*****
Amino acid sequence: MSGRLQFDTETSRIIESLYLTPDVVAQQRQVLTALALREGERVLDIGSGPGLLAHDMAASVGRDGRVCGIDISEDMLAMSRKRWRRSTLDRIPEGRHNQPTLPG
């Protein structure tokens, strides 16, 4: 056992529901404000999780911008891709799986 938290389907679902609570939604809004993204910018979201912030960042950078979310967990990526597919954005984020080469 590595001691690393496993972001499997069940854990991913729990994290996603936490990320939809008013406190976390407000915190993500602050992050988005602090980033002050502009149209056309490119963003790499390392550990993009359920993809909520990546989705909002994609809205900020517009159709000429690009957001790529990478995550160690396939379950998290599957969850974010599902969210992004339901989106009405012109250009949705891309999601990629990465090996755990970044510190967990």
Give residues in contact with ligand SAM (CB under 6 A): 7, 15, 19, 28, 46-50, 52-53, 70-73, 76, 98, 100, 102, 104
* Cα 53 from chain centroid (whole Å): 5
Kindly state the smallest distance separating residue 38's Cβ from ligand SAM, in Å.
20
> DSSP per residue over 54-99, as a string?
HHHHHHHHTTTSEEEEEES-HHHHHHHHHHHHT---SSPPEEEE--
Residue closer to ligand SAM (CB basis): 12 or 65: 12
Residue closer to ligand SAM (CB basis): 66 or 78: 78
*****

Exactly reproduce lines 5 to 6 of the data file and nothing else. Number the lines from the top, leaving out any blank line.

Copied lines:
Kindly state the smallest distance separating residue 38's Cβ from ligand SAM, in Å.
20